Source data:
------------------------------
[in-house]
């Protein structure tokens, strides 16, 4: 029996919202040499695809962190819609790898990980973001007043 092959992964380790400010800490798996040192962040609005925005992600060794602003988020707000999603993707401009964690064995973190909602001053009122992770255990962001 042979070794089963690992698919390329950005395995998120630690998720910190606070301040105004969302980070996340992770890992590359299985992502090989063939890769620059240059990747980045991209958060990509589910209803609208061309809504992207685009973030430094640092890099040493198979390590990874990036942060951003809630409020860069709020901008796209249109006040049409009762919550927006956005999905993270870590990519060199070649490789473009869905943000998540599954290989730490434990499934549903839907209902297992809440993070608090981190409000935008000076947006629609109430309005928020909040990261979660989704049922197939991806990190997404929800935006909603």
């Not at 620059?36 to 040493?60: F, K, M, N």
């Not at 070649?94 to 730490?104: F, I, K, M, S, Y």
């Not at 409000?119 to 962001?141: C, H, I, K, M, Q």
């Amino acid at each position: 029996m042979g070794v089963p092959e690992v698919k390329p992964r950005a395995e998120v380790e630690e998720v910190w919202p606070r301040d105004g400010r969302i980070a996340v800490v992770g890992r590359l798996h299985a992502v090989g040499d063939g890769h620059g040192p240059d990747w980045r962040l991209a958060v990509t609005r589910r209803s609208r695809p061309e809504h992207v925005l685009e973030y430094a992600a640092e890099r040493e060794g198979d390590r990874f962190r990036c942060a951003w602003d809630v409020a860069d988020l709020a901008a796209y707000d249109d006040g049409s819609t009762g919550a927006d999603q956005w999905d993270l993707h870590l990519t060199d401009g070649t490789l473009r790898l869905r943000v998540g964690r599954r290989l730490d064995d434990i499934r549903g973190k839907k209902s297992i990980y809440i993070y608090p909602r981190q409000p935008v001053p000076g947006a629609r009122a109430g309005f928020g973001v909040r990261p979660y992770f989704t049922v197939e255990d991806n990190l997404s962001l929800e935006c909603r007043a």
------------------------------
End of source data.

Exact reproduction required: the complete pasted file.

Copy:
[in-house]
């Protein structure tokens, strides 16, 4: 029996919202040499695809962190819609790898990980973001007043 092959992964380790400010800490798996040192962040609005925005992600060794602003988020707000999603993707401009964690064995973190909602001053009122992770255990962001 042979070794089963690992698919390329950005395995998120630690998720910190606070301040105004969302980070996340992770890992590359299985992502090989063939890769620059240059990747980045991209958060990509589910209803609208061309809504992207685009973030430094640092890099040493198979390590990874990036942060951003809630409020860069709020901008796209249109006040049409009762919550927006956005999905993270870590990519060199070649490789473009869905943000998540599954290989730490434990499934549903839907209902297992809440993070608090981190409000935008000076947006629609109430309005928020909040990261979660989704049922197939991806990190997404929800935006909603």
């Not at 620059?36 to 040493?60: F, K, M, N």
């Not at 070649?94 to 730490?104: F, I, K, M, S, Y």
């Not at 409000?119 to 962001?141: C, H, I, K, M, Q």
């Amino acid at each position: 029996m042979g070794v089963p092959e690992v698919k390329p992964r950005a395995e998120v380790e630690e998720v910190w919202p606070r301040d105004g400010r969302i980070a996340v800490v992770g890992r590359l798996h299985a992502v090989g040499d063939g890769h620059g040192p240059d990747w980045r962040l991209a958060v990509t609005r589910r209803s609208r695809p061309e809504h992207v925005l685009e973030y430094a992600a640092e890099r040493e060794g198979d390590r990874f962190r990036c942060a951003w602003d809630v409020a860069d988020l709020a901008a796209y707000d249109d006040g049409s819609t009762g919550a927006d999603q956005w999905d993270l993707h870590l990519t060199d401009g070649t490789l473009r790898l869905r943000v998540g964690r599954r290989l730490d064995d434990i499934r549903g973190k839907k209902s297992i990980y809440i993070y608090p909602r981190q409000p935008v001053p000076g947006a629609r009122a109430g309005f928020g973001v909040r990261p979660y992770f989704t049922v197939e255990d991806n990190l997404s962001l929800e935006c909603r007043a």